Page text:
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Nuclear Physics – A Level Physics

Nuclear Physics – A Level Physics

Nuclear Physics – A Level Physics
Continuing the A Level Physics revision series looking at nuclear physics including the nuclear radius and density and the strong interaction…

Nuclear Physics

Nuclear Physics

9 August 1945 – Atom bomb over Nagasaki

Rutherford’s experiment
The diameter of a nucleus
Activity and half-life
Radioactivity
Radioactivity series
Energy-mass equivalence
Binding energy
Mass defect
Binding energy per nucleon and nuclear stability
Fission and fusion
Thermal nuclear reactor
Safety features of a thermal nuclear reactor
Radioactive waste

Rutherford’s Experiment

Debate about the structure of the atom was put to rest after Ernest Rutherford’s famous gold leaf experiment in 1911. Rutherford fired a stream of positively charged alpha particles towards a thin film of gold that was only a few atoms thick. He foudn that most of the alpha particles went straight through, suggesting that the majority of the atom is empty space.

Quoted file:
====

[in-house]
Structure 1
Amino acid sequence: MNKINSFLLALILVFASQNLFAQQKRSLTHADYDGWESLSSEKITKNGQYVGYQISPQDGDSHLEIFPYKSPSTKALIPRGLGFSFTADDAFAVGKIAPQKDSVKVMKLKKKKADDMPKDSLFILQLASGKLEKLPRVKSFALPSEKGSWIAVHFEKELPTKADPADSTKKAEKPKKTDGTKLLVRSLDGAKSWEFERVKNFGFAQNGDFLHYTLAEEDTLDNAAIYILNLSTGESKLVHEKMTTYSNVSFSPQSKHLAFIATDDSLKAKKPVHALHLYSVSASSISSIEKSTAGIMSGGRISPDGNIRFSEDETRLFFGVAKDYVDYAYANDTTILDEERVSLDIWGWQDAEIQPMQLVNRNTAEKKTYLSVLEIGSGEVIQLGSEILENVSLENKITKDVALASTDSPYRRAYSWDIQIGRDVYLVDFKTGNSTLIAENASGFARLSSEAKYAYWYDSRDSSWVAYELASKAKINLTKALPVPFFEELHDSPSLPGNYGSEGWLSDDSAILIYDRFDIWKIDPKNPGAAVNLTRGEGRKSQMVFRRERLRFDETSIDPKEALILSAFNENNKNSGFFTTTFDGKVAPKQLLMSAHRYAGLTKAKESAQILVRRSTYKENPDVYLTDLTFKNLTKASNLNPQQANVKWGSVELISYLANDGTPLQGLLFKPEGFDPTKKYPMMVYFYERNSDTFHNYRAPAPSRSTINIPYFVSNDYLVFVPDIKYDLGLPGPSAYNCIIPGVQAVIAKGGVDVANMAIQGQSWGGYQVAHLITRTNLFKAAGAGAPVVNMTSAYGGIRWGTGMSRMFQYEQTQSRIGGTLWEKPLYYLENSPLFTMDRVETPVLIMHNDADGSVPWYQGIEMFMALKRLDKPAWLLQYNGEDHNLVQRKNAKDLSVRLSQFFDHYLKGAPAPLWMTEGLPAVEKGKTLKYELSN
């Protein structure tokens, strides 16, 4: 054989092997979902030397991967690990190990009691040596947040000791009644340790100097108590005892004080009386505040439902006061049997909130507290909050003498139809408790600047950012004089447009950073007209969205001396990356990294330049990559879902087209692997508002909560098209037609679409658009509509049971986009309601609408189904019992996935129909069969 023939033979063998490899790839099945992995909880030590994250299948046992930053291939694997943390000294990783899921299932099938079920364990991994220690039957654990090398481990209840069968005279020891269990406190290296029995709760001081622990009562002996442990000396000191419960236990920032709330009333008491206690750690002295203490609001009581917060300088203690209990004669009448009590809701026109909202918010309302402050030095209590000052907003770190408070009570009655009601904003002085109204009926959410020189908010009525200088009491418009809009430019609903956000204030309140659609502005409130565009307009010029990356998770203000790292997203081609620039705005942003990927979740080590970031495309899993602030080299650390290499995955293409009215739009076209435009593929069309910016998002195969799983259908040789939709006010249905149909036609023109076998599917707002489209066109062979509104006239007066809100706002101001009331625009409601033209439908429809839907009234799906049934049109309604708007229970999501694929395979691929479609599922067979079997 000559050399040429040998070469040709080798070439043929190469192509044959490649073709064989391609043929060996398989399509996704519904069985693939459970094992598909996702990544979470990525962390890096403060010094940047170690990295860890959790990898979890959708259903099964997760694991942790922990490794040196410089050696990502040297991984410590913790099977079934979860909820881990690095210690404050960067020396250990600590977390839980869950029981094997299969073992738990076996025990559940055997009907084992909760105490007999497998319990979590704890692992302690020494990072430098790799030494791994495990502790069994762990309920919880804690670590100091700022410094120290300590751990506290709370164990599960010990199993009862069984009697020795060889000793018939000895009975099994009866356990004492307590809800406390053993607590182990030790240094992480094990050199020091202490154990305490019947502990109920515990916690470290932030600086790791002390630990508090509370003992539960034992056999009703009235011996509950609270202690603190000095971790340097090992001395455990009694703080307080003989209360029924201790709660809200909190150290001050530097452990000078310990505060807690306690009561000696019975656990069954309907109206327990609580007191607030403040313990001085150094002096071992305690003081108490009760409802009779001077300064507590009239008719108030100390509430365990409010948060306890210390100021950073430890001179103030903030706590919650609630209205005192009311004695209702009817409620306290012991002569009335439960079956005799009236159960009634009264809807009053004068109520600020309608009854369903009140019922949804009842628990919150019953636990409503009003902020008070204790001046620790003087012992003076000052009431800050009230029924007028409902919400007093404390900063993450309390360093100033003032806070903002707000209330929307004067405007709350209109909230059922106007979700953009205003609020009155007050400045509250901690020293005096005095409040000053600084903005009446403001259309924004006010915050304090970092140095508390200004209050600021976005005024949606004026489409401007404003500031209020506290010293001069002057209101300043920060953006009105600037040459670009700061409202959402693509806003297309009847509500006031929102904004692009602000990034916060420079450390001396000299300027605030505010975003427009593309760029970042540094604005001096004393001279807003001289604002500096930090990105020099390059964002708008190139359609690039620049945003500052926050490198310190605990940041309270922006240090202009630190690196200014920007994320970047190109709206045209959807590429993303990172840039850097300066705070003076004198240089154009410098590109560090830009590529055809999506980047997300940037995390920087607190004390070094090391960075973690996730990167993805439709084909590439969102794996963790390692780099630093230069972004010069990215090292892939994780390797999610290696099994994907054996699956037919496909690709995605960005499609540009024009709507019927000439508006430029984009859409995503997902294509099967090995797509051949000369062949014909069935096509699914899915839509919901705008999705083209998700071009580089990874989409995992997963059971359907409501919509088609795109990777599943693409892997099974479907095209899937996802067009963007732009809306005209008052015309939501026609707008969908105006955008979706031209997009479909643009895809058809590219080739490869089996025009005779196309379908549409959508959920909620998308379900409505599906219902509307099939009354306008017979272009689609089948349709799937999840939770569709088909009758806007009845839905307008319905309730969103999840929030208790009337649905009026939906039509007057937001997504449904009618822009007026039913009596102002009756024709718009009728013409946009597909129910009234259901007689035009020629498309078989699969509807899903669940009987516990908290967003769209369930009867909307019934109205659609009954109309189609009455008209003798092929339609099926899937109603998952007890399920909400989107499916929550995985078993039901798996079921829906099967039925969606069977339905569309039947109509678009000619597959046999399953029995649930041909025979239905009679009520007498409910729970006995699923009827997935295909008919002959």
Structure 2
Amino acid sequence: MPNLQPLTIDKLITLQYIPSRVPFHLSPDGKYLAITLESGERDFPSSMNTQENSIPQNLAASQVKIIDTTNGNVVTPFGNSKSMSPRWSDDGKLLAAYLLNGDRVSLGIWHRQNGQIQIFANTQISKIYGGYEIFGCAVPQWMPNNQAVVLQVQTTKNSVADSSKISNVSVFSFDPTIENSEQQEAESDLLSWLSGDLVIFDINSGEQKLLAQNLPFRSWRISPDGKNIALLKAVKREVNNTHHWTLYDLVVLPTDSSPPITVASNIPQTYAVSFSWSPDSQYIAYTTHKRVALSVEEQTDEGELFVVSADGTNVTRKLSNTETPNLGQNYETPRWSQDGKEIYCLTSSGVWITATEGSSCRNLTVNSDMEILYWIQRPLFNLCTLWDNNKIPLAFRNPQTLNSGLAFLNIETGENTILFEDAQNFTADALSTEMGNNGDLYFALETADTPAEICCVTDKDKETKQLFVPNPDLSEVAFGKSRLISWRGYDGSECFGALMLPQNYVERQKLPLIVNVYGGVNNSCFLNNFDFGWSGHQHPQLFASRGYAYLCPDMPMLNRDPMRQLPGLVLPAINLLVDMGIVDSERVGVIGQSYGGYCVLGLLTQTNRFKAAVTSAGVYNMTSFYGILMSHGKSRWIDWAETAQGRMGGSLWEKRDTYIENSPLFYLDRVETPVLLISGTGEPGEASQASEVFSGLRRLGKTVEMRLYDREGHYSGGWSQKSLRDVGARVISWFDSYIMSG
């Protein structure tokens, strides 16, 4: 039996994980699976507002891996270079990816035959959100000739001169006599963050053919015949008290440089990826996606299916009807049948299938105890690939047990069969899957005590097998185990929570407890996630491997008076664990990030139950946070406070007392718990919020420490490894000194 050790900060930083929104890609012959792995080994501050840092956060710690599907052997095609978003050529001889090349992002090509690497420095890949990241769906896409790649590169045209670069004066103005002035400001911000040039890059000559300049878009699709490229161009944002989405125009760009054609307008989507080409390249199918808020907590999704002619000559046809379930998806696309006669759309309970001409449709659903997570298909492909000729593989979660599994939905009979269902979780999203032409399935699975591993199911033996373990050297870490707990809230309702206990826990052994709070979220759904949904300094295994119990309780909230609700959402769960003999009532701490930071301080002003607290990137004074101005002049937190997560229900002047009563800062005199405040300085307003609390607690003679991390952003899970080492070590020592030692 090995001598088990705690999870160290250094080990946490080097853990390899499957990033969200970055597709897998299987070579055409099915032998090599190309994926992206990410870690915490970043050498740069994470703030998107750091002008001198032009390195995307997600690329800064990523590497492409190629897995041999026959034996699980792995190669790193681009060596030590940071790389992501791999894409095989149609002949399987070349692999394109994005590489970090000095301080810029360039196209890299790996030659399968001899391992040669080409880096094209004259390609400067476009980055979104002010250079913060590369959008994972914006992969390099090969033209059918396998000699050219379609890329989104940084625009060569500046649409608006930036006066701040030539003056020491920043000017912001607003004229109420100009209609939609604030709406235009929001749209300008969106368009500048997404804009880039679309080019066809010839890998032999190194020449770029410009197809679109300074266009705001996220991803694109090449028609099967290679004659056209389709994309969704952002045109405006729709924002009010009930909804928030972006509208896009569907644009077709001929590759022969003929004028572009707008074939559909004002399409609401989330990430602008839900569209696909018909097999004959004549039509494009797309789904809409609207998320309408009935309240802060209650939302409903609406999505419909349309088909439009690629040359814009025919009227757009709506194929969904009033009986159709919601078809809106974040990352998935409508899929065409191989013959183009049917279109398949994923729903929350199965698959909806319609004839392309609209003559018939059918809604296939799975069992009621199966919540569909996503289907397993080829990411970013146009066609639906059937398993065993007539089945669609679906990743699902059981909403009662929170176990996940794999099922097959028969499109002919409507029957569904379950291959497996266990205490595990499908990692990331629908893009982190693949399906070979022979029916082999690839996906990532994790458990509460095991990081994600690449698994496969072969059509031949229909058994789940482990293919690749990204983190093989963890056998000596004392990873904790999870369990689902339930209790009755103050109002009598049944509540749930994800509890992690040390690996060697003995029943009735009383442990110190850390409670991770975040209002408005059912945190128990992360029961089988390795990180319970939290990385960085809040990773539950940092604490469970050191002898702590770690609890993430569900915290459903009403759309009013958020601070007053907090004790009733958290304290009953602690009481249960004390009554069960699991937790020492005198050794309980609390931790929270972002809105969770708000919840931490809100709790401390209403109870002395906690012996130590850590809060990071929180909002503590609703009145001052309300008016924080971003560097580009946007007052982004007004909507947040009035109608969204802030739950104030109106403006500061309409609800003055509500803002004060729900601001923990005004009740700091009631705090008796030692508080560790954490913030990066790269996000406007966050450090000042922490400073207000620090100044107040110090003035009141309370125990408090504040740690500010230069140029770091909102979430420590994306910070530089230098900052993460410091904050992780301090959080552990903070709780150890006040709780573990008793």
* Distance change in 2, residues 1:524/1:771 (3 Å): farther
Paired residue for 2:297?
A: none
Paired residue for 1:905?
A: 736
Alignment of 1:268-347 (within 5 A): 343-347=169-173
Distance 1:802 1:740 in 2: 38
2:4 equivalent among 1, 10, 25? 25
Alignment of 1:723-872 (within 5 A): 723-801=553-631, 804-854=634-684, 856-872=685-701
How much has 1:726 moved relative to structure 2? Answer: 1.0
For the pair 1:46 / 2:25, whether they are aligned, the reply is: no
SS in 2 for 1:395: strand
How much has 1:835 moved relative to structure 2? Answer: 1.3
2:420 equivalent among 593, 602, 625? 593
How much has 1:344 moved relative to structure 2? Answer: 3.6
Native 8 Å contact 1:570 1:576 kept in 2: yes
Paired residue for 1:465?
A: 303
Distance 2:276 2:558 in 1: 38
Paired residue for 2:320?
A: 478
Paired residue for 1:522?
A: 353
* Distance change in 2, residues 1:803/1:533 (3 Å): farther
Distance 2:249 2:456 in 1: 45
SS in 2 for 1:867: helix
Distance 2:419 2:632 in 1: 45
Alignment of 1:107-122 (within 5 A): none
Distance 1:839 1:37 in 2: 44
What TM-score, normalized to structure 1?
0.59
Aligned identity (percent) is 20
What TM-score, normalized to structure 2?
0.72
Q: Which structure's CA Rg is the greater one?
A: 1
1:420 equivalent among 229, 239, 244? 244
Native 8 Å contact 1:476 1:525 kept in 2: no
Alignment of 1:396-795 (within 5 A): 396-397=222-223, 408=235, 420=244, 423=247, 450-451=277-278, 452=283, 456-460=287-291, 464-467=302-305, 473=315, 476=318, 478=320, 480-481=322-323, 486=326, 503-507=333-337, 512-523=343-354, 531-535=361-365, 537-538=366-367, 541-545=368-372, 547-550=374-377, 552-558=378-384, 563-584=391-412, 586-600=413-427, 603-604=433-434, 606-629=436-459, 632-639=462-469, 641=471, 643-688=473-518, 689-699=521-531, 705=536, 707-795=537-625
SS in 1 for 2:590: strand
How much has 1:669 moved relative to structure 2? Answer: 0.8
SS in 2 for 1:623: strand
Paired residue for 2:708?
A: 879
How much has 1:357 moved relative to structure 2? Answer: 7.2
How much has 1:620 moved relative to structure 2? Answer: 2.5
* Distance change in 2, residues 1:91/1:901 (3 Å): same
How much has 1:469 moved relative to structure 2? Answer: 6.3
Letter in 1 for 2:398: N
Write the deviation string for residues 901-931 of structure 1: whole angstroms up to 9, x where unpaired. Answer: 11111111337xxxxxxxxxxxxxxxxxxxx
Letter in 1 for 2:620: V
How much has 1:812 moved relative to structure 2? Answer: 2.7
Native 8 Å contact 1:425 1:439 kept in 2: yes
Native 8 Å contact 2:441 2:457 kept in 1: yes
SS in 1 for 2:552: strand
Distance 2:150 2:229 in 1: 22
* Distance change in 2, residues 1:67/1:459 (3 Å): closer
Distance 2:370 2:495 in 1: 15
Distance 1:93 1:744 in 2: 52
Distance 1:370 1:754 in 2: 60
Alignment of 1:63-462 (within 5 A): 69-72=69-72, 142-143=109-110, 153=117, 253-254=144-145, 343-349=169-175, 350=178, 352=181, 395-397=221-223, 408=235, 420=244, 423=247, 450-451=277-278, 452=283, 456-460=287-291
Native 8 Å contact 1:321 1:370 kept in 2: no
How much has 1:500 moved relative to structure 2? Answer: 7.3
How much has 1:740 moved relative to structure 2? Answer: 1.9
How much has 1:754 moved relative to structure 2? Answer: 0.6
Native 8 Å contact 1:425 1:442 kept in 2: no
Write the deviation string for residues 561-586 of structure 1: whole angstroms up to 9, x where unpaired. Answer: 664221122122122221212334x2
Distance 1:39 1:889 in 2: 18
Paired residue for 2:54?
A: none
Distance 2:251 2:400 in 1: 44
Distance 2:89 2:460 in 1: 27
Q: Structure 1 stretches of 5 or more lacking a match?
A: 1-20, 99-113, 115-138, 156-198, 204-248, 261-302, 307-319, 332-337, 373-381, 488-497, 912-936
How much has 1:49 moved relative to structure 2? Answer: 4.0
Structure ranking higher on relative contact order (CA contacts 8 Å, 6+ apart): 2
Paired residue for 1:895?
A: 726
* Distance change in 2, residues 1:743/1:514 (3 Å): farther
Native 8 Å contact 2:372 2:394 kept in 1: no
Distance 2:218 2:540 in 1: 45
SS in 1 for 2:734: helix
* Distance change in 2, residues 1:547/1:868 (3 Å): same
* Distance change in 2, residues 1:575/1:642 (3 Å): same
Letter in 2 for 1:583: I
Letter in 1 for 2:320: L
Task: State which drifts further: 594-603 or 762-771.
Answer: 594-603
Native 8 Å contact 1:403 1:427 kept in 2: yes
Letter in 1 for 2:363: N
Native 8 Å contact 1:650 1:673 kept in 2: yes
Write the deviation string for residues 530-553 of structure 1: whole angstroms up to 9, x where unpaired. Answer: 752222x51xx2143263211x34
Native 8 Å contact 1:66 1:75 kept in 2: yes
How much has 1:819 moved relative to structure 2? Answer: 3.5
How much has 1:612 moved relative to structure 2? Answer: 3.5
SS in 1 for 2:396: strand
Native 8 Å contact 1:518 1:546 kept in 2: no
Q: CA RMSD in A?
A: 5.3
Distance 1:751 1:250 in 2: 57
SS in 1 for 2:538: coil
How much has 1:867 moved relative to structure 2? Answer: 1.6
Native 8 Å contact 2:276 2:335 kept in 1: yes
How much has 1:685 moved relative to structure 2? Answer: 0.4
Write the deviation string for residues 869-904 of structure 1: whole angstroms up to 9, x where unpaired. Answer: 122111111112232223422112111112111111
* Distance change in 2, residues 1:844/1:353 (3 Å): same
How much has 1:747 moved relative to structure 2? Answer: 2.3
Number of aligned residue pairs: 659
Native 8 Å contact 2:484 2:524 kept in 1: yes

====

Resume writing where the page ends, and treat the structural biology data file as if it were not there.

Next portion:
Some of the alpha particles deflected marginally and others bounced back towards the source of the alpha particles. This suggsted that there was a small concentration of positive charge in the centre of a mostly empty atom. The centre of the atom became known as the nucleus, where almost all of the mass of an atom resides (this is, of course, excluding the small amounts of mass from electrons).

The image below shows the paths that alpha particles have taken when passing by a nucleus. The closer to the nucleus the more the alpha particle is deflected. Moving towards the nucleus head on the alpha particle bounces directly back to the source.

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